Anti-Marketing Machismo

A perplexing attitude drives a subset of B2B business leaders who compete to see who can spend the least on marketing. The idea is they will pour 110% of their efforts into selling, and ignore marketing completely.

One-dimensional optimization never works. Let me explain.

I took my now-fiancee to an amusement park several years ago. We went on a ride called the Himalayas, which whirls you around in a circle and squishes you against all the other riders in your row. I was all the way at the end of my row, and had three other adults next to me. As we began to spin faster, the force of the other adults became quite painful on my hip bones, which were pressed against the side of the bench. Many of the other riders were obviously children, and every time we made a rotation past the ride’s operator, there was a unified chant of “FASTER! FASTER! FASTER!” I was certainly enjoying the ride, and we were all laughing the whole time as I was getting crushed. Being my over-analytical self, I couldn’t help but think, doesn’t anything else but going faster matter to these kids? Nope. Not on the Himalayas. There is a singular measure of success. In fact, the same goes for birthday cake, video games and toys. More is more, and that’s that.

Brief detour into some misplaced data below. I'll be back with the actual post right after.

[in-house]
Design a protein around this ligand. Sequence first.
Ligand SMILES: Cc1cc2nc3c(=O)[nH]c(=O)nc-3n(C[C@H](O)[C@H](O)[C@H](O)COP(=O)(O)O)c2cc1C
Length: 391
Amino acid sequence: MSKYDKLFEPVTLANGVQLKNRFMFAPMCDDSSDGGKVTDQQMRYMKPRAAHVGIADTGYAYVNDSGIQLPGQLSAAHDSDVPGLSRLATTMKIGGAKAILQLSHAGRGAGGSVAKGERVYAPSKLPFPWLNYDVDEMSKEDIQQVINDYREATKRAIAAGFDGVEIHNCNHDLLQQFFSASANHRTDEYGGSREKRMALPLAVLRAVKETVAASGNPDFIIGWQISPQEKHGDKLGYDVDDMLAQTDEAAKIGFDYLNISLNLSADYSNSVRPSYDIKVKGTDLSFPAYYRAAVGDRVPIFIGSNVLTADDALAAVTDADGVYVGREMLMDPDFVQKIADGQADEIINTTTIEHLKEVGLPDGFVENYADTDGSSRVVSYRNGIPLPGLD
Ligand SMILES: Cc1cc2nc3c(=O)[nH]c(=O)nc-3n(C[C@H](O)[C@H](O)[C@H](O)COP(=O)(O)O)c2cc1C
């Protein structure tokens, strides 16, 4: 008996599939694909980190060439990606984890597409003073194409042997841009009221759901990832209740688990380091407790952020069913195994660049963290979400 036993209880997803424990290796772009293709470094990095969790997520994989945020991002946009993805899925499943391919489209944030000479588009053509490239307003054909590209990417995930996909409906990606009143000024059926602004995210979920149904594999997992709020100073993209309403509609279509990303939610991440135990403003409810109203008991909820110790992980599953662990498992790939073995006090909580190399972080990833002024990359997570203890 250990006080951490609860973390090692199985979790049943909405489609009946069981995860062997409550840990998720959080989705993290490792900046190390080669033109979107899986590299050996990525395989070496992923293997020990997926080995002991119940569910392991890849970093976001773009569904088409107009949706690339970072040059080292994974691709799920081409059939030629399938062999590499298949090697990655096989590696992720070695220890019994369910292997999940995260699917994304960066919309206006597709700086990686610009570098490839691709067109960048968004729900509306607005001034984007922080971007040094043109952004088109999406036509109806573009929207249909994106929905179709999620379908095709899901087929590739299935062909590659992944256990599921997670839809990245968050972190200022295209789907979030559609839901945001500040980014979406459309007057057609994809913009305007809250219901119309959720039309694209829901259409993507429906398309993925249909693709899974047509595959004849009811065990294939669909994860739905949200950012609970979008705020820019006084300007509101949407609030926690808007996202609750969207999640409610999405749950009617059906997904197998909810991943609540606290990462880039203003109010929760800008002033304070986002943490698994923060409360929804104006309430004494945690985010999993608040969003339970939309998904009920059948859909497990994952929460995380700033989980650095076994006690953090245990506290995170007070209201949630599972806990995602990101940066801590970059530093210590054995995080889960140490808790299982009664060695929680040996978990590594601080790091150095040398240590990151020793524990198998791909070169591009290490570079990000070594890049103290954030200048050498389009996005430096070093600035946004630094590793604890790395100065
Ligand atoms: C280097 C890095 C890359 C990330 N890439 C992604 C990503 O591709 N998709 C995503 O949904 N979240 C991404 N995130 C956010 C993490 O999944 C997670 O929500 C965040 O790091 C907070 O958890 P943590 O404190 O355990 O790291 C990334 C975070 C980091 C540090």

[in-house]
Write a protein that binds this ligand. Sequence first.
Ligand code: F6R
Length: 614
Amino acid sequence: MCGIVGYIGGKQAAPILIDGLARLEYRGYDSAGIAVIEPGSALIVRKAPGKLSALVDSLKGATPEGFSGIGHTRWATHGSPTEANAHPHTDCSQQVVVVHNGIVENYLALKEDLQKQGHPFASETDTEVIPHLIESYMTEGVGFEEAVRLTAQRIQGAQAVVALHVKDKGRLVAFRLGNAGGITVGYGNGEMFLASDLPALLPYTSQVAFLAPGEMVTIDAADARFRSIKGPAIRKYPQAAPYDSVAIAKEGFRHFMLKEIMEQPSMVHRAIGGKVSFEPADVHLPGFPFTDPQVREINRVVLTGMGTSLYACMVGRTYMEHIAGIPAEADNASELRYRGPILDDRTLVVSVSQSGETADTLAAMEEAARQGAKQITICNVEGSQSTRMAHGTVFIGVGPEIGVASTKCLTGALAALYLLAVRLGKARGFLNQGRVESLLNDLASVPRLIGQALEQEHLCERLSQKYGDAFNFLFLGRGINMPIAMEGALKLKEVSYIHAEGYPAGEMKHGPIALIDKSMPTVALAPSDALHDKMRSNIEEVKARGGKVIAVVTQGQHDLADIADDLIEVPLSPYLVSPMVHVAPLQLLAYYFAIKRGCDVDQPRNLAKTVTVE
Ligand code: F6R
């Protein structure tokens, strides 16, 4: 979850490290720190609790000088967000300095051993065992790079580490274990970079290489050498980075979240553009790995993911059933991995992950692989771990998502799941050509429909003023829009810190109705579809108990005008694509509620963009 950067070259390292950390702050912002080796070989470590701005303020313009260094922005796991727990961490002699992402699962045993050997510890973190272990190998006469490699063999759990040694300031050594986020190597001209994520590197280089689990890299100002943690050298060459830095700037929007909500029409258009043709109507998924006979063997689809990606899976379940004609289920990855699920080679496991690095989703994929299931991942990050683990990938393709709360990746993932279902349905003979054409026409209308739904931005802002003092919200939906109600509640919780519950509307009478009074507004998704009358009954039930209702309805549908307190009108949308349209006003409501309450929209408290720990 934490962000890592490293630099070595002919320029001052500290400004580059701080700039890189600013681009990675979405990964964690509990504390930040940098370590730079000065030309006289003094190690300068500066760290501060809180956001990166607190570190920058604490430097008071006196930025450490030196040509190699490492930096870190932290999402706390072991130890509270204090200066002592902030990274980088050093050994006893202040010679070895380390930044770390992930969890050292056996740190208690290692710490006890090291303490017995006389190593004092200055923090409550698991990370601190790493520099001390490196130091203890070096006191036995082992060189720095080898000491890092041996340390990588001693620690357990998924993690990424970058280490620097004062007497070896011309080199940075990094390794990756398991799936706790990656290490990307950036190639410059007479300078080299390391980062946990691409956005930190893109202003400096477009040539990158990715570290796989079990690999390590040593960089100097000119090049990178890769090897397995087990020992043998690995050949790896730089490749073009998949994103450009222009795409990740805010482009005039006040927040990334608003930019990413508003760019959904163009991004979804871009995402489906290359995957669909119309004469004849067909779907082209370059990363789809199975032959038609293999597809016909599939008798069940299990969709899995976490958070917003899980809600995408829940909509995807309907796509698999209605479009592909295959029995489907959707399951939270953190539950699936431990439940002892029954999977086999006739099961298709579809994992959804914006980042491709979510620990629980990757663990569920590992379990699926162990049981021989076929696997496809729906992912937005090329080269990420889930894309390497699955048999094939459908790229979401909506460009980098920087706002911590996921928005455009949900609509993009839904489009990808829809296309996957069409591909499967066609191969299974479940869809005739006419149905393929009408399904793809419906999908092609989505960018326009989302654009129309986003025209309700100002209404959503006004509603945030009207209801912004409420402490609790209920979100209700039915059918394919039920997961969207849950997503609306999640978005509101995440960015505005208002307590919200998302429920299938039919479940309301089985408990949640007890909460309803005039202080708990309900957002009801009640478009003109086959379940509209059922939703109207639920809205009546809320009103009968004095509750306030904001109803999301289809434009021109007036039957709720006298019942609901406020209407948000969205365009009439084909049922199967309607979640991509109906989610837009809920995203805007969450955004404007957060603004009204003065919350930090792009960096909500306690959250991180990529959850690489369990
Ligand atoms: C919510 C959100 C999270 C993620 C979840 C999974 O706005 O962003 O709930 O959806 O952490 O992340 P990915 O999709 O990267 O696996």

I’m not suggesting that kids should change the way they enjoy amusement parks, birthday cake or video games. What I am suggesting is that we should grow out of this mindset as we grow into adulthood.

Any time we optimize for one variable, we inevitably get into trouble. The aim of life is to create a healthy, balanced set of circumstances in everything we do.

Yet this is exactly the opposite of what most B2B companies do when growing their businesses.

It’s kind of funny when you think of it. It’s part of our “grind culture.” I use machismo in a sense that applies to both male and female, and a better word is probably “status.” There is a competition amongst B2B leaders to avoid marketing like the plague and focus on selling.
This is actually great for those who opt out of this mindset, because there is so little competition. The competition has fooled themselves into thinking marketing is entirely useless.

This attitude comes from the focus on activity rather than results. We are trained to look like we’re working hard. On the outisde, sales looks like really hard work, and it really is. It’s harder to see the work that goes into marketing.
How do you want to gain visibility in the organization? By looking like you work hard. But looking like you’re working hard doesn’t make you money.

Marketing may have a more subtle. Marketing also relies on relinquishing direct control to some degree, and that’s a scary thing for many B2B leaders. They built this business from the ground up, they have had their hand in every component of the business from day 1. Now, this marketing agency is going to come in and magically bring in customers? I don’t think so.

Let’s talk about the psychological issues of relinquishing control.

There’s another interesting thing: closing techniques are the only things that directly tie to a deal closing. So people focus on those. But they’re the least influential part of the selling process.

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